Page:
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June 27, 2018
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Europe’s dark past

Opinion

June 27, 2018

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Various European powers constructed the image of non-European nations on the basis of three elements: rational, religious and civilisational superiority.

The people of Africa became victims of their prejudices. The colour black indicated evil as it was contrasted with white. Black Africans were, therefore, dehumanised and downgraded from a cultural viewpoint. The Europeans measured their civilisation against that of the people of Africa and arrived at the conclusion that most African people were divided on the basis of their tribes. They observed tribal customs and traditions in the absence of state institutions and the legal system.

In the eye of European settlers, the people of Africa were backward, lacked any political sense, and weren’t capable of disciplining their activities. From a religious standpoint, each tribe followed their own deities and performed different religious rituals. European powers considered these tribes to be misguided and enthusiastically wanted to convert them to Christianity. The Europeans not only wanted them to convert and adopt the ‘true religion’, but they also civilised them on the basis of European society.

European intellectuals and philosophers were also fully involved in the effort to build a false image of Africa and its people. David Hume, the Scottish philosopher and historian, was of the view that the inhabitants of Africa were far removed from civilisation and were, therefore, at the early stages of human evolution.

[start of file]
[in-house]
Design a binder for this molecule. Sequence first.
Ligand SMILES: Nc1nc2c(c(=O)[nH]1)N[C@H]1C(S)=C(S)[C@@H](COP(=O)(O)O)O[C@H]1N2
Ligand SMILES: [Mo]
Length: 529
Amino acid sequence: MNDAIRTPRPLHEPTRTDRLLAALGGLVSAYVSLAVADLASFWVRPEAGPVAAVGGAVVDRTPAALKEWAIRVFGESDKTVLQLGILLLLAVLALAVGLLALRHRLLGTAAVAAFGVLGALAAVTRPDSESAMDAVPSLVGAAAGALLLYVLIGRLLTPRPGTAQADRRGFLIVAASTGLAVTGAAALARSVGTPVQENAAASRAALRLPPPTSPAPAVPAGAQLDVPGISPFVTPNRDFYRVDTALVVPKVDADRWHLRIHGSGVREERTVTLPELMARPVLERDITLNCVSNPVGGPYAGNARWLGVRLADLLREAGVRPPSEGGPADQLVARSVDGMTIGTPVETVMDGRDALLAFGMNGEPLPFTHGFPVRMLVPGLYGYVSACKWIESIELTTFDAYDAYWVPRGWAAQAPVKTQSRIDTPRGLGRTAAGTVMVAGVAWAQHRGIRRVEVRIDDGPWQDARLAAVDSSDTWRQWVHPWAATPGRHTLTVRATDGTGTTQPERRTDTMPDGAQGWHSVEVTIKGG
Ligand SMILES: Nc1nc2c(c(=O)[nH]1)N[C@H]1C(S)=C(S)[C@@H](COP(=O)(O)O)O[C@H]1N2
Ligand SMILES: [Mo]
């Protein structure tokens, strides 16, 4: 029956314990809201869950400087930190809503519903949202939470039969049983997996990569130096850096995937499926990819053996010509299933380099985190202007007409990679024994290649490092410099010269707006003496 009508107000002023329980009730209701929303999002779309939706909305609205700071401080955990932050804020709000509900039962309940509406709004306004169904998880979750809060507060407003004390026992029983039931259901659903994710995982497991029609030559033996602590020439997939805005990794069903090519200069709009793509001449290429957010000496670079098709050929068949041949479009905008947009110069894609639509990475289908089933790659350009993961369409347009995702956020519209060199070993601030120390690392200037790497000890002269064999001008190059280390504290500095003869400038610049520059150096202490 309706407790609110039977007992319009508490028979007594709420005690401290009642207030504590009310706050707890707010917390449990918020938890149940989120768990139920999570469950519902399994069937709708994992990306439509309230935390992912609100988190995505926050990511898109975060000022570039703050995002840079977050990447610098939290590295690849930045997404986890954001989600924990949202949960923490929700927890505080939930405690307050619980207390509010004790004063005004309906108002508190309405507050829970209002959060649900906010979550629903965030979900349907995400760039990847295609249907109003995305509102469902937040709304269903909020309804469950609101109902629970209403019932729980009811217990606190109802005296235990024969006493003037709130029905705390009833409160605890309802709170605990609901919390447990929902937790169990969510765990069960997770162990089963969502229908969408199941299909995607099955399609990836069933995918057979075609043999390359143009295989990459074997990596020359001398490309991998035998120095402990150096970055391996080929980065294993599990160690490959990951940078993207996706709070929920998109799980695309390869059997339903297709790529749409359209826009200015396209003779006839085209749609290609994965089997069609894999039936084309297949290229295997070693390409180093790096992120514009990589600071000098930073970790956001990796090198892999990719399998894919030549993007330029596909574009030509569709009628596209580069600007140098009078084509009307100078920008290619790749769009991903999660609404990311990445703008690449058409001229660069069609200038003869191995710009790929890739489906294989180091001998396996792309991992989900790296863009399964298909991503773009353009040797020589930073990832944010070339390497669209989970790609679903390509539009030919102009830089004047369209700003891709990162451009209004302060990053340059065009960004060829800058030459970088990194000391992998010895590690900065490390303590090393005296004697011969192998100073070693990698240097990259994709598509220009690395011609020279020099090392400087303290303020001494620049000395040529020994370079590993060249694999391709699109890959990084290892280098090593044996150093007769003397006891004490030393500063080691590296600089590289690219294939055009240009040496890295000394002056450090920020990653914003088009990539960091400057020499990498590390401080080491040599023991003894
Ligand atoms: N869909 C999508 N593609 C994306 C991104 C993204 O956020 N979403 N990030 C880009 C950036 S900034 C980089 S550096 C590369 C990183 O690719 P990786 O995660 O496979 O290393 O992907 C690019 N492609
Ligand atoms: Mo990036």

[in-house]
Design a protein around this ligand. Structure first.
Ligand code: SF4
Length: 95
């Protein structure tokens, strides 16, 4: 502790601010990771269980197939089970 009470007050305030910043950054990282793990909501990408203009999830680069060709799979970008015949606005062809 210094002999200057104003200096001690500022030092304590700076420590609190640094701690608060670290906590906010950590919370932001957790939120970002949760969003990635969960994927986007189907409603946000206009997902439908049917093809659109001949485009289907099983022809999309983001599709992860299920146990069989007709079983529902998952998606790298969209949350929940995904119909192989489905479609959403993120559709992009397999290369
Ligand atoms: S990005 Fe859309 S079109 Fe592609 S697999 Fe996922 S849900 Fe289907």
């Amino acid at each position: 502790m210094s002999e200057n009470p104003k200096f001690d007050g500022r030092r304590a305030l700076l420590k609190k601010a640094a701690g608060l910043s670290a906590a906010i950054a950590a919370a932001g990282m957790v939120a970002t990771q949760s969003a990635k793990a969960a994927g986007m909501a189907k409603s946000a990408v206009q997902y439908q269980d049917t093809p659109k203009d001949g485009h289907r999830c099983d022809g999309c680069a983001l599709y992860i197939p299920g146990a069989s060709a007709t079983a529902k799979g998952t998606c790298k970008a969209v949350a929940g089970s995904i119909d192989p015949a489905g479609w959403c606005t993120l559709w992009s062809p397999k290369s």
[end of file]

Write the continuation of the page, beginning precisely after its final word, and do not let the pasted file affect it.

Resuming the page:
Hegel contemptuously referred to Africa as the “Dark Continent” in his lectures on philosophy of history, which were delivered in the 1820s. Trevor Roper, a British historian, believed that the continent had no history because there was no creative movement and action in Africa’s society. The approach adopted by European historians was exceedingly eurocentric. Most of them judged non-Europeans on the basis of their historical process and excluded them from the arena of civilisation. When the African countries were colonised, Europeans appropriated their history and claimed that they had discovered the continent because little was known about most parts of Africa before they entered these territories. They did not make any effort to excavate its archaeological sites. Therefore, Europeans imagined the African continent and its people from their own standards. However, this image was subsequently challenged and African scholars tried to rediscover and reassess the continent and its history.

In 1859, Darwin published his book entitled ‘On the Origin of Species’ that drew attention to the process of human evolution. According to Darwin’s theory, all humans originally belonged to Africa and later migrated to the different parts of the world. This theory has now been verified by geologists, archaeologists, and biologists.